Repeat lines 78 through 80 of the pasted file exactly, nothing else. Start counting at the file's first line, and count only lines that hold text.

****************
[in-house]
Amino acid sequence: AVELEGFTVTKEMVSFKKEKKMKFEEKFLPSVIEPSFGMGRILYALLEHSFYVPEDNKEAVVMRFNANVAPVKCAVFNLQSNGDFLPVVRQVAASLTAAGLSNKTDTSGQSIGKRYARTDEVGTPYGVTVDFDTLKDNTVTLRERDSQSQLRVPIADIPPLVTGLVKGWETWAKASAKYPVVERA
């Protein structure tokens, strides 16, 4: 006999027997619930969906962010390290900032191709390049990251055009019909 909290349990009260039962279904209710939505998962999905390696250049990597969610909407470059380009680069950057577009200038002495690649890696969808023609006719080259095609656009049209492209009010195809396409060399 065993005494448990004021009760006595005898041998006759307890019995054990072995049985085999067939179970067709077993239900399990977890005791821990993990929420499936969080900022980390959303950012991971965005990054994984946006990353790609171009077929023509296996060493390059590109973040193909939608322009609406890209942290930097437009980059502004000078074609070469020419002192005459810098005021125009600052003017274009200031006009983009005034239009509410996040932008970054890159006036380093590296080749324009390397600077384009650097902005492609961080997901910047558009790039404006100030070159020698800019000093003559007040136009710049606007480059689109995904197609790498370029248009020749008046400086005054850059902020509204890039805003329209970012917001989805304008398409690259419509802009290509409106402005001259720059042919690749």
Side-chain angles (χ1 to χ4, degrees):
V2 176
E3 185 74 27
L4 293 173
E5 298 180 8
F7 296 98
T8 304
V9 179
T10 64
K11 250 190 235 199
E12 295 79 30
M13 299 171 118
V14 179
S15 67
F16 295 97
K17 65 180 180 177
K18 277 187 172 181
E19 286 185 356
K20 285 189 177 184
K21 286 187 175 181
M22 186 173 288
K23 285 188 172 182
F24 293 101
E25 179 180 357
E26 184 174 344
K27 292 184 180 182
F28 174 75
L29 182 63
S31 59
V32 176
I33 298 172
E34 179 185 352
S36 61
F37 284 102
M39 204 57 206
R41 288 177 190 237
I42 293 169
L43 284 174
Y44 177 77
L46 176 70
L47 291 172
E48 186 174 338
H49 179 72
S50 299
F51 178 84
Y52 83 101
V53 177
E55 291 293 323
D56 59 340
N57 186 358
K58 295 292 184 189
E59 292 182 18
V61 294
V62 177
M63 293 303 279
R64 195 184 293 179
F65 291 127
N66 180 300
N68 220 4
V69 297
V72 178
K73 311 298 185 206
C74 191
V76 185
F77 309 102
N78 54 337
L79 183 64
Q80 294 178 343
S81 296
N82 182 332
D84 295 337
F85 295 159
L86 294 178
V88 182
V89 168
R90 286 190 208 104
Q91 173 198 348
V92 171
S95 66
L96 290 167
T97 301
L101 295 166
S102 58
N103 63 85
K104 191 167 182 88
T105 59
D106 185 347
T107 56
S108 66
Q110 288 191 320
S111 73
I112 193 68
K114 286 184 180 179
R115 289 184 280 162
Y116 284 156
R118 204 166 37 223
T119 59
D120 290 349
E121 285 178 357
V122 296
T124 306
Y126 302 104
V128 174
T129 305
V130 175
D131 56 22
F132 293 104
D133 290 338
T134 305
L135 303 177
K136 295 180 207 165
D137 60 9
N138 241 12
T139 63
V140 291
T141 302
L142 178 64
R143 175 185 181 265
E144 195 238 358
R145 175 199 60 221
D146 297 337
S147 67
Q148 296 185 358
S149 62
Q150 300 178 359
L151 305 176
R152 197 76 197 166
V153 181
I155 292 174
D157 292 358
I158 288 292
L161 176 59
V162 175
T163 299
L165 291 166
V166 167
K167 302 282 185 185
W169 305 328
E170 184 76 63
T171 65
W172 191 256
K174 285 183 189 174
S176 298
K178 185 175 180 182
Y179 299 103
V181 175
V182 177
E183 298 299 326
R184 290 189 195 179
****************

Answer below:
V89 168
R90 286 190 208 104
Q91 173 198 348